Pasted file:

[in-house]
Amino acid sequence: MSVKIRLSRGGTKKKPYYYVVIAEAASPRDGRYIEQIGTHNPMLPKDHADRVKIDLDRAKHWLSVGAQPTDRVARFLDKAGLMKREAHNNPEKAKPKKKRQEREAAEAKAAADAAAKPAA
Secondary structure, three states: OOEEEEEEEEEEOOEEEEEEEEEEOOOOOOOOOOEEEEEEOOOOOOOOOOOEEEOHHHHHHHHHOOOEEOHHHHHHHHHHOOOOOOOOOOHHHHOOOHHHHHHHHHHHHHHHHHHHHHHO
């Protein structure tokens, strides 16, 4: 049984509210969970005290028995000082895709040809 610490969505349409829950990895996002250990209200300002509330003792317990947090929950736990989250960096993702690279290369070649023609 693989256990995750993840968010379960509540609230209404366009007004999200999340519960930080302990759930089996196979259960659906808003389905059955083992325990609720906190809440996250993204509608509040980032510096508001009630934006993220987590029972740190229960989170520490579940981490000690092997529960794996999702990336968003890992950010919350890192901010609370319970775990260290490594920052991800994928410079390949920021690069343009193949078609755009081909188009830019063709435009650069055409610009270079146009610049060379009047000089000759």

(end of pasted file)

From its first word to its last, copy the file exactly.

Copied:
[in-house]
Amino acid sequence: MSVKIRLSRGGTKKKPYYYVVIAEAASPRDGRYIEQIGTHNPMLPKDHADRVKIDLDRAKHWLSVGAQPTDRVARFLDKAGLMKREAHNNPEKAKPKKKRQEREAAEAKAAADAAAKPAA
Secondary structure, three states: OOEEEEEEEEEEOOEEEEEEEEEEOOOOOOOOOOEEEEEEOOOOOOOOOOOEEEOHHHHHHHHHOOOEEOHHHHHHHHHHOOOOOOOOOOHHHHOOOHHHHHHHHHHHHHHHHHHHHHHO
């Protein structure tokens, strides 16, 4: 049984509210969970005290028995000082895709040809 610490969505349409829950990895996002250990209200300002509330003792317990947090929950736990989250960096993702690279290369070649023609 693989256990995750993840968010379960509540609230209404366009007004999200999340519960930080302990759930089996196979259960659906808003389905059955083992325990609720906190809440996250993204509608509040980032510096508001009630934006993220987590029972740190229960989170520490579940981490000690092997529960794996999702990336968003890992950010919350890192901010609370319970775990260290490594920052991800994928410079390949920021690069343009193949078609755009081909188009830019063709435009650069055409610009270079146009610049060379009047000089000759």